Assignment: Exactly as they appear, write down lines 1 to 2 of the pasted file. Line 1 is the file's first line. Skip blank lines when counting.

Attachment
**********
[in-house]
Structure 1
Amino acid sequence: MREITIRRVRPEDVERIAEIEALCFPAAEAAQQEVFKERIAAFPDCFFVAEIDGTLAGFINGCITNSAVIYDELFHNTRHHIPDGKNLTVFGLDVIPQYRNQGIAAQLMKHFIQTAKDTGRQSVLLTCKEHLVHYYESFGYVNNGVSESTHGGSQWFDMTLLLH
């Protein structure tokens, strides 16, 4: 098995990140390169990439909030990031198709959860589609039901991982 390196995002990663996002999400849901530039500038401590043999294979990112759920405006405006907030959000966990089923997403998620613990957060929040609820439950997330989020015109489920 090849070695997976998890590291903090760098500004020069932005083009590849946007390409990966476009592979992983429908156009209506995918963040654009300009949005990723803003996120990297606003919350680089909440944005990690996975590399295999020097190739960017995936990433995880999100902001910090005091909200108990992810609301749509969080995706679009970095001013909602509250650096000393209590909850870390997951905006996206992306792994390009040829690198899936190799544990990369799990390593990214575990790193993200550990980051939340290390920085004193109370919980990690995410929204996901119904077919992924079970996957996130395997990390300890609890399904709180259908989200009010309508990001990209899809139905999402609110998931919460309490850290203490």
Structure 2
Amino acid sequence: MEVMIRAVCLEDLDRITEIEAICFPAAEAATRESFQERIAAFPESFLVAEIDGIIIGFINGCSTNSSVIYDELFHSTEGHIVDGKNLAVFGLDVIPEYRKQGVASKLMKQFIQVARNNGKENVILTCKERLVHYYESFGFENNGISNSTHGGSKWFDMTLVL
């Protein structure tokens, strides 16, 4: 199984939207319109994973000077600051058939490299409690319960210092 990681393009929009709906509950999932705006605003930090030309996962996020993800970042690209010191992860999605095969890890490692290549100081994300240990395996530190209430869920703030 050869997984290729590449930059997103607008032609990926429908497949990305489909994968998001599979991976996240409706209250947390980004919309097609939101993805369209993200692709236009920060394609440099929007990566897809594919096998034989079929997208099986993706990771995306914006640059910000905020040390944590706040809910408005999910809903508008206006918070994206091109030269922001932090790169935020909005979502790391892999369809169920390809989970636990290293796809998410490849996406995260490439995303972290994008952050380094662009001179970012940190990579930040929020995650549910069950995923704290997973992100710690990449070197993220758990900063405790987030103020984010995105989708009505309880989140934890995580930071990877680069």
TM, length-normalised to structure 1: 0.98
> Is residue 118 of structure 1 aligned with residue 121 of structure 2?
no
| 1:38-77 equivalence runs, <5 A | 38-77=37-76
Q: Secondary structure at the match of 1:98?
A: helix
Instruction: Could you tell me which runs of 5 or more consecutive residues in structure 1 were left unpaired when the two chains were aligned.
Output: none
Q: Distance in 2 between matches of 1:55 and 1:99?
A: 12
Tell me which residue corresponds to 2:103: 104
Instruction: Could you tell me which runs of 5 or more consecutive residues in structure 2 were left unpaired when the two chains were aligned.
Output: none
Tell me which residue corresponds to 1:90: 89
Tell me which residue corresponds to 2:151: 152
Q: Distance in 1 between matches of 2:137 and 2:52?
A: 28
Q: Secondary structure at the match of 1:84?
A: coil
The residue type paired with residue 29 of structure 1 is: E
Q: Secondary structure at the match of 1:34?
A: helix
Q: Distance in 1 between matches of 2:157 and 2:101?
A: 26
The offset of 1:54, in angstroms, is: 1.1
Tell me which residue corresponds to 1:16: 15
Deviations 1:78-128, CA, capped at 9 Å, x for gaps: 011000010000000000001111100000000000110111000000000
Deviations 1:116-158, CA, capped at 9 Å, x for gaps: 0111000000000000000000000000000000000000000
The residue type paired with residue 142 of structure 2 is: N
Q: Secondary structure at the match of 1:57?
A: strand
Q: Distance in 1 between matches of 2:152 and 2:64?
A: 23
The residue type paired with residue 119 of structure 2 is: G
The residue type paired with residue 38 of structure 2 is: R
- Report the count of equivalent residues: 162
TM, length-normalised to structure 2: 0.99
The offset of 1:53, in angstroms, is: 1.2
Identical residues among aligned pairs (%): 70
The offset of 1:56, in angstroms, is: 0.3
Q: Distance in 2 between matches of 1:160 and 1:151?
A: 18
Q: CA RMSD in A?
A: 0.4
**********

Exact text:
[in-house]
Structure 1